Opinion: Hope children will forgive our spending
Last updated 5/8/2021 at 3:16pm
Dear children and grandchildren,
And we’re sorry.
Thank you for the $28 trillion (and counting) that we borrowed from you. But borrowed isn’t really honest, is it? You had no say in the matter. It’s more accurate to say we took it from you without your consent or even knowledge.
And for that, we’re sorry.
We’d like to tell you it was all because of an emergency, because of the worst pandemic to hit this country in a hundred years. Some of it was, but much of it — more than $20 trillion of it — wasn’t. Sure, we had our crises and emergencies, and you’ll have yours. And some of what we borrowed — we mean took — from you we invested in infrastructure, such as highways, broadband and more that we’re leaving you. Maybe that can be justified.
But let’s be candid. A lot of what we borrowed — sorry, there’s that word again — a lot of what we took from you was just us living beyond your means, borrowing more and spending more than we took in because we refused to “exercise some discipline” and “show some self-restraint,” you know, all the virtues we preach to you.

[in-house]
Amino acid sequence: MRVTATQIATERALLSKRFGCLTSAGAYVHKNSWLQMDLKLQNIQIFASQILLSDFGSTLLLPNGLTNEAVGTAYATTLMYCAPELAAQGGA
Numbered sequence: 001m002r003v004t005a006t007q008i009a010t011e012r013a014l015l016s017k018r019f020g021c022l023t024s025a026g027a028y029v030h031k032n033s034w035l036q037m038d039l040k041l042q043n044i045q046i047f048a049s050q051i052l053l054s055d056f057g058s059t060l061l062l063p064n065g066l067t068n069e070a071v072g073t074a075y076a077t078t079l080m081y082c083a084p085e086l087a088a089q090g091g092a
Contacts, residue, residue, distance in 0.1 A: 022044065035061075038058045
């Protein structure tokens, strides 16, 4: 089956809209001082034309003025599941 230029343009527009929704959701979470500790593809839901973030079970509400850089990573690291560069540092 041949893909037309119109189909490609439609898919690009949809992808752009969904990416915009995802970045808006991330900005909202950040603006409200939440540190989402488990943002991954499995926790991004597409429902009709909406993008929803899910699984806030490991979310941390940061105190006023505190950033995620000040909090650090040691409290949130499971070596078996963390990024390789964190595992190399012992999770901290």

The truth is we were deficit spending to the level of 13 digits even before the pandemic. Trillion-dollar deficits became the norm during good times, the crutch that propped up our way of life.
In the end, budgets aren’t really about numbers, they are about values and priorities.
We’re sorry that our values, our priorities, didn’t include you.
We knew, we were told, that unrestrained federal spending would mean less money for you to invest in your own national emergencies and in your own children, and that every dollar of yours we spent was a vote taken from you before you were even born.
You can blame our politicians — left and right, liberal and conservative — but honesty compels us to admit that our politicians are a reliable reflection of us, the voters who put them in office.
We hope you’ll forgive us.
We hope you’ll learn from the mistakes we made.
And we hope that you’re strong enough to do what we couldn’t and wouldn’t do — exercise some discipline and show some self-restraint.
— The Joplin (Mo.) Globe